Advances in HIV treatment since the approval of the first antiretroviral (ARV) medication have occurred at a rapid pace. However, resistance to these medications can occur quickly owing to inadequate plasma concentrations resulting from poor adherence related to intolerable drug toxicities and complex dosing schedules. Drug-drug and drug-food interactions can also result in inadequate ARV drug exposure. Ritonavir is a potent cytochrome P450 3A4 inhibitor and low doses can be used in combination with almost all protease inhibitors to overcome most drug-drug and drug-food interactions. Little toxicity can be attributed to the addition of low-dose ritonavir to an ARV regimen, and most patients find that the added pills do not adversely affect adherence. This article reviews the pharmacological use of ritonavir for pharmacokinetic enhancement (or boosting) and updates the clinical use of boosted protease inhibitors.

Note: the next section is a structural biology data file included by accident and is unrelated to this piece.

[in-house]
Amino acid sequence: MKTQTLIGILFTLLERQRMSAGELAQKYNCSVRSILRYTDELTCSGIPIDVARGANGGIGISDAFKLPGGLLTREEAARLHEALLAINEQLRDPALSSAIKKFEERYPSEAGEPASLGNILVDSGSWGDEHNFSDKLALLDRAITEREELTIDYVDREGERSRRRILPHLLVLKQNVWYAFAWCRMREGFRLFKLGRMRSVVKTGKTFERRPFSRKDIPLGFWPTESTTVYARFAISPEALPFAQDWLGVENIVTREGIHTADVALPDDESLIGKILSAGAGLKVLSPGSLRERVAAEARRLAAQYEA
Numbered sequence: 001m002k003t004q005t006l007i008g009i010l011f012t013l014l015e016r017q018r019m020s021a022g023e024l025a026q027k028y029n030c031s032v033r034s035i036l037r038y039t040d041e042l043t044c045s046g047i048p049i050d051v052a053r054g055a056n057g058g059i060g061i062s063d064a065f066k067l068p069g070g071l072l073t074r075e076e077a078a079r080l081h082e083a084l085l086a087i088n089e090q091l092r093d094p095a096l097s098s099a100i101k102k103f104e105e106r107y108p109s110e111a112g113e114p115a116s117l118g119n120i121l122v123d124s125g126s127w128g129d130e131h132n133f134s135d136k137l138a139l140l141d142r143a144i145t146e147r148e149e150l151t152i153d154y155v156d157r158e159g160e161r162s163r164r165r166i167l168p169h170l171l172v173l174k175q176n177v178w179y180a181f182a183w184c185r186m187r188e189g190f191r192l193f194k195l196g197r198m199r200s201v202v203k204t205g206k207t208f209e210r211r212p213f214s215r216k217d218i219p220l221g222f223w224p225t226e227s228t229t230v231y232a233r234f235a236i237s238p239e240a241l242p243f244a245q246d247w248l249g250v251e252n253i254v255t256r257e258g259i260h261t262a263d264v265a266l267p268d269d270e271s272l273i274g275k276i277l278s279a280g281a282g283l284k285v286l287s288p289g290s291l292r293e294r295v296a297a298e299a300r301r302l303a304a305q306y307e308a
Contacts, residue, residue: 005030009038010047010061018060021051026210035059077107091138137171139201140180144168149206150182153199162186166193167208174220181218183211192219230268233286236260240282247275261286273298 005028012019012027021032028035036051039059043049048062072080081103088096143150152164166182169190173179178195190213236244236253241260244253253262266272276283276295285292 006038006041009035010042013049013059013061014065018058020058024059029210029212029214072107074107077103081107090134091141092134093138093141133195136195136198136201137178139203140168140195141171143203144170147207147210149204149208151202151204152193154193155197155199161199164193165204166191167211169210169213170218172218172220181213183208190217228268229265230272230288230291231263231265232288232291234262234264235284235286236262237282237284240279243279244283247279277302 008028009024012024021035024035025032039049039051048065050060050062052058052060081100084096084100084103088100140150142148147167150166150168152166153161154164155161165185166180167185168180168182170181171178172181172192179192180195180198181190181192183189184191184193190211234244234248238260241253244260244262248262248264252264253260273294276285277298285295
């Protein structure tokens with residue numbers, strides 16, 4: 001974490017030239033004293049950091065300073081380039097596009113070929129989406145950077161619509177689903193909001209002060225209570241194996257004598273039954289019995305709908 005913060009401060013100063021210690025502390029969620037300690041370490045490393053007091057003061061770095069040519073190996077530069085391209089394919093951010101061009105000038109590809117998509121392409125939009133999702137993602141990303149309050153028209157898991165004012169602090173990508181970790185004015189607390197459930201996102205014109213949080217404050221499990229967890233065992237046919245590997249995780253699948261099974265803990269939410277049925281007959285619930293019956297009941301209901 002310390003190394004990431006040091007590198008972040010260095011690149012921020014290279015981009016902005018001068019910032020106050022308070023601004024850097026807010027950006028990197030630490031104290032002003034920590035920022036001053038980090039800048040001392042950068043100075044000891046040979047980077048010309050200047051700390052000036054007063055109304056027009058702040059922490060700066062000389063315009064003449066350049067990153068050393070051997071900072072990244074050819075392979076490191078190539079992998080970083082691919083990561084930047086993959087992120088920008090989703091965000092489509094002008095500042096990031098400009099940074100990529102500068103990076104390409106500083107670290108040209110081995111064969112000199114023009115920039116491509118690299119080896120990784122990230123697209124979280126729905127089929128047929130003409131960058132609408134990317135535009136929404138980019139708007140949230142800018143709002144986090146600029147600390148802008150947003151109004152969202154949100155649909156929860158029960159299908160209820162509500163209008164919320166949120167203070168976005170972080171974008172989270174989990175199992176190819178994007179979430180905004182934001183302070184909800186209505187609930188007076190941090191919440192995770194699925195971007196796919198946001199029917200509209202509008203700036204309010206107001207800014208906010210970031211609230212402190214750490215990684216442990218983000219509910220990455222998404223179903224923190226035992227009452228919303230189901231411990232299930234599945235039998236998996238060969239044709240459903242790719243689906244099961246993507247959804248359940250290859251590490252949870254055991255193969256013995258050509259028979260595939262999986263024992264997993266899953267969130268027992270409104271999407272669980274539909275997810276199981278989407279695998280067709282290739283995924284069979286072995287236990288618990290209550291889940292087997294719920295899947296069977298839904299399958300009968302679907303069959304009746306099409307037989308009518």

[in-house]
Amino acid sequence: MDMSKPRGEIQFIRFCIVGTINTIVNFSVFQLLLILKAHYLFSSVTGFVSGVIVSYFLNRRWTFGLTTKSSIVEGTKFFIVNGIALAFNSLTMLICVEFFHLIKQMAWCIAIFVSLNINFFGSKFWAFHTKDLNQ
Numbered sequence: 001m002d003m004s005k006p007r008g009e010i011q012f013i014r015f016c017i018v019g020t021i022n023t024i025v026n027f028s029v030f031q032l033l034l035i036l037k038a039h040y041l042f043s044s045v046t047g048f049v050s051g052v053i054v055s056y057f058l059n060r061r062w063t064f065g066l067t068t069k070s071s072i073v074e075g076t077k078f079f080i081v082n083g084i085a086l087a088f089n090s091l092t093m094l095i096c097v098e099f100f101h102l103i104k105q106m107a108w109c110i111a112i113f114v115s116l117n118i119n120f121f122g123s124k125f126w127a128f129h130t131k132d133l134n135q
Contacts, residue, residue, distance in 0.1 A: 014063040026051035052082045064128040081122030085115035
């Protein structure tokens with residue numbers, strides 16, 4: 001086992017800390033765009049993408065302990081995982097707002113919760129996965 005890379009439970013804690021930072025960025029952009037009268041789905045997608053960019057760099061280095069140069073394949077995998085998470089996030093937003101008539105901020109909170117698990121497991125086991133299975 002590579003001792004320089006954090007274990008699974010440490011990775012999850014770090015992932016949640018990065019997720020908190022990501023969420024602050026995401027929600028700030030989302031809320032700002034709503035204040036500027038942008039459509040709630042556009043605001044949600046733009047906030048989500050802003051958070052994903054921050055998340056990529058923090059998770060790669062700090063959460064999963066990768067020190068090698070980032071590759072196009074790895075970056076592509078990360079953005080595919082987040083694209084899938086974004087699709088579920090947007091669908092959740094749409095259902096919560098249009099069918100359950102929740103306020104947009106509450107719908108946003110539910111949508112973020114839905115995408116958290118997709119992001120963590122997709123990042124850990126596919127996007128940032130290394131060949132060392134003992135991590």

|Number of pages||13|
|Journal||Expert Review of Clinical Pharmacology|
|State||Published - Jul 2008|
- HIV therapy
- Protease inhibitor